1. Is it proper to multiply the average order size, $42? 33, by the number of addresses (1,300,000) in the target mailing?
- a. No, there is far too much variability in responses, including a massive outlier, to have any confidence in this average. The response rate is very low, one would be concerned as to why the rate of response was only 9. 2%. The question would therefore be whether the remaining 90. 8% will follow the same pattern or will they buy anything at all.
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2. There is also the question of whether the sampling frame is representative of the population in this case the target mailing list. Is it better, as suggested, to multiply the endpoints of the confidence interval by the target mailing size?
- a. No, it doesn’t show how the data is spread within the range, from the minimum to the maximum. Instead, it only provides the two extremes. Even if the endpoints were within said a 95% Confidence Interval from the mean, the mere fact that we are using the target mailing population makes it improper as the sample mean does not seem to be representative of the population mean.
3. Would it be better to multiply by the size of the frame used to select the random sample? It’s better but, there was not enough of a response to multiply against the entire 600,000 frames. Of that frame, less than a thousandth of a percent responded. 600 samples would have been a better number, unfortunately, the amount of response was less than 10% of the mailings, resulting in an even more minuscule amount of information to represent a large population. In the end, the response is simply not enough to ascertain any real information.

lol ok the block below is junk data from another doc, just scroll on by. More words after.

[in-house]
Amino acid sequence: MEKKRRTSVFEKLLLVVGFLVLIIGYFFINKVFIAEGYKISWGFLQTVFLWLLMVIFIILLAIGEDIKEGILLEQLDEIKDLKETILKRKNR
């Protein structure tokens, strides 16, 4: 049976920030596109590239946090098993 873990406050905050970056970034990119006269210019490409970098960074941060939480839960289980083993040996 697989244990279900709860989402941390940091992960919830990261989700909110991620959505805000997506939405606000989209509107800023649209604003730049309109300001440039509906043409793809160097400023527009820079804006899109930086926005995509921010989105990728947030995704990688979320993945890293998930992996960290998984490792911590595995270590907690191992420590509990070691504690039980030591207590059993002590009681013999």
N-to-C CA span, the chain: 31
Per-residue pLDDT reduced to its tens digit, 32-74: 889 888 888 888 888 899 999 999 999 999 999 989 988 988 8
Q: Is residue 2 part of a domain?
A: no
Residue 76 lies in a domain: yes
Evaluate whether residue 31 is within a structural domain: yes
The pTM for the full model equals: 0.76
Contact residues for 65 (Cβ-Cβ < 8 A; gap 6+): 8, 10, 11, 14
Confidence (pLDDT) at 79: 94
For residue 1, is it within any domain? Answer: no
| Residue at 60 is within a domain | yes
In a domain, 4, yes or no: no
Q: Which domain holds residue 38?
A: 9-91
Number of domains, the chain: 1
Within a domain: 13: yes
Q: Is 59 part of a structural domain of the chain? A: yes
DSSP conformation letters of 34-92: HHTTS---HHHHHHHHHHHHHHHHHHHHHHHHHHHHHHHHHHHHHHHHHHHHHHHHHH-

4. Should anything else trouble you about this situation?
- a. The survey forces far too many assumptions on the analysts. There was a very low response rate for the questionnaire, causing the sample to be far too low. As for those who replied with an affirmative answer, the numbers are far too varied to make any real conclusions. There are no insights as to whether the numbers placed to represent the buyer’s wealth, intent to buy, or if it’s simply a number placed in jest. If there was a higher response rate, the mean could be trusted. The targeted mailing market is not well defined. It is unclear whether the 1. 3 million targeted addresses are wealthy, poor, or a mixture of both. It is also unclear as to whether these are new targets or if the 600,000 addresses used to choose the random sample are included.
5. What is your best estimate, with confidence limits, for potential catalog sales?
- a. We are 95% confident after removing the outlier at $228. 26 that sales will fall between $11. 57 and $42. 10. This is because the removal of the outlier vastly affected x? The mean was reduced from $42. 33 to $26. 83, while the standard deviation went from $60. 41 to $24. 02, a difference of $36. 39.
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